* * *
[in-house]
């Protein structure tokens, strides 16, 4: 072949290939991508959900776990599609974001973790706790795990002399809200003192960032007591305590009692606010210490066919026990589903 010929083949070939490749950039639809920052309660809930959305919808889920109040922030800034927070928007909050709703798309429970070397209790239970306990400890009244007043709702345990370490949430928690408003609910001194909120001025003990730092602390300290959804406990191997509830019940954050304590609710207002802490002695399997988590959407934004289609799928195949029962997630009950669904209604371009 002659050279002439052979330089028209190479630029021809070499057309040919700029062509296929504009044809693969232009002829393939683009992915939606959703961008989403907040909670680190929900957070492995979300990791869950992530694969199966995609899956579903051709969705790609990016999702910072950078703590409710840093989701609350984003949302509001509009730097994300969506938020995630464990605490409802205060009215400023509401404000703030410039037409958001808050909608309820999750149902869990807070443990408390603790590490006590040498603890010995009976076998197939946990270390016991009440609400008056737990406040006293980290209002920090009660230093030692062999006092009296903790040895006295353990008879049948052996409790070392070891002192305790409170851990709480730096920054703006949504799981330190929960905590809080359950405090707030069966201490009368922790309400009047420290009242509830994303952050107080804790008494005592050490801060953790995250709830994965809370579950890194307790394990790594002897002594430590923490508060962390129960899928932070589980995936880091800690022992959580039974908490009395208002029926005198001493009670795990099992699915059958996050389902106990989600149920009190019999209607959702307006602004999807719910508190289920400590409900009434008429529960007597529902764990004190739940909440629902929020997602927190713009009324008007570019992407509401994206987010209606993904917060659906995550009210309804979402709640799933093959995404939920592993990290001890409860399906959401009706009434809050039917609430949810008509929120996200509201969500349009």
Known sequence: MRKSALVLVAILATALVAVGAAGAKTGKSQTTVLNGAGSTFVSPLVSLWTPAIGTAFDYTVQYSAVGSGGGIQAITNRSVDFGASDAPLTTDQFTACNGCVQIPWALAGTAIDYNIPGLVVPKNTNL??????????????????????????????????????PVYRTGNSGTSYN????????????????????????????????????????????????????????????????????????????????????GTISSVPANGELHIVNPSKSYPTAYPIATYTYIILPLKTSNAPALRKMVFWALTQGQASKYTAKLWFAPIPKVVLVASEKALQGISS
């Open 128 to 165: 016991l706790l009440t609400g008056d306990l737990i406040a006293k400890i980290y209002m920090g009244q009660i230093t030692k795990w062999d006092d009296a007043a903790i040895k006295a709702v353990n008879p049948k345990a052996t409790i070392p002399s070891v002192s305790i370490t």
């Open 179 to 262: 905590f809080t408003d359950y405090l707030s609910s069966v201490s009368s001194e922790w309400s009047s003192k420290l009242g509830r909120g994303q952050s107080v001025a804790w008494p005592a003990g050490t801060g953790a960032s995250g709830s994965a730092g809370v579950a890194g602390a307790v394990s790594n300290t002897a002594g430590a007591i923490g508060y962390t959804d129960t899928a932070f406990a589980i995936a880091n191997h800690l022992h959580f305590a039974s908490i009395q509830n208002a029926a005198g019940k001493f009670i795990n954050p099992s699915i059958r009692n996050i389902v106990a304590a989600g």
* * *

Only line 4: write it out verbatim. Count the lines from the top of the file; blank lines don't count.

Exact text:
């Open 128 to 165: 016991l706790l009440t609400g008056d306990l737990i406040a006293k400890i980290y209002m920090g009244q009660i230093t030692k795990w062999d006092d009296a007043a903790i040895k006295a709702v353990n008879p049948k345990a052996t409790i070392p002399s070891v002192s305790i370490t």